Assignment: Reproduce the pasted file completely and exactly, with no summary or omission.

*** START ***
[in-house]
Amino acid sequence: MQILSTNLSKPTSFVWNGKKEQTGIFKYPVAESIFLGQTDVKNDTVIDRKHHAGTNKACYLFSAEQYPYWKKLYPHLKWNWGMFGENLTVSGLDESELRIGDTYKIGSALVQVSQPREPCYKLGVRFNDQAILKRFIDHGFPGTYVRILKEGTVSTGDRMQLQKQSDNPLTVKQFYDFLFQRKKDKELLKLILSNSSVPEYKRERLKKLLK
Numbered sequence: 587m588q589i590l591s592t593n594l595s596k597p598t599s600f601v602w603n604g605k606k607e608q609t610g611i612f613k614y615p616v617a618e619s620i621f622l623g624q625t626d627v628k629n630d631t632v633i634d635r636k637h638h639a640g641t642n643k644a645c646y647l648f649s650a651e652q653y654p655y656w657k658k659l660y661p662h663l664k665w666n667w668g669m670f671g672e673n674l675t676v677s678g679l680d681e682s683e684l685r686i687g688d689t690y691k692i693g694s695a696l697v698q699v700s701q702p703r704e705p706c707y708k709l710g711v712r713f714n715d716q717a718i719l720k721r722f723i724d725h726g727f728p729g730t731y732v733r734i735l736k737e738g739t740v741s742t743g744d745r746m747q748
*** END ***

[in-house]
Amino acid sequence: MQILSTNLSKPTSFVWNGKKEQTGIFKYPVAESIFLGQTDVKNDTVIDRKHHAGTNKACYLFSAEQYPYWKKLYPHLKWNWGMFGENLTVSGLDESELRIGDTYKIGSALVQVSQPREPCYKLGVRFNDQAILKRFIDHGFPGTYVRILKEGTVSTGDRMQLQKQSDNPLTVKQFYDFLFQRKKDKELLKLILSNSSVPEYKRERLKKLLK
Numbered sequence: 587m588q589i590l591s592t593n594l595s596k597p598t599s600f601v602w603n604g605k606k607e608q609t610g611i612f613k614y615p616v617a618e619s620i621f622l623g624q625t626d627v628k629n630d631t632v633i634d635r636k637h638h639a640g641t642n643k644a645c646y647l648f649s650a651e652q653y654p655y656w657k658k659l660y661p662h663l664k665w666n667w668g669m670f671g672e673n674l675t676v677s678g679l680d681e682s683e684l685r686i687g688d689t690y691k692i693g694s695a696l697v698q699v700s701q702p703r704e705p706c707y708k709l710g711v712r713f714n715d716q717a718i719l720k721r722f723i724d725h726g727f728p729g730t731y732v733r734i735l736k737e738g739t740v741s742t743g744d745r746m747q748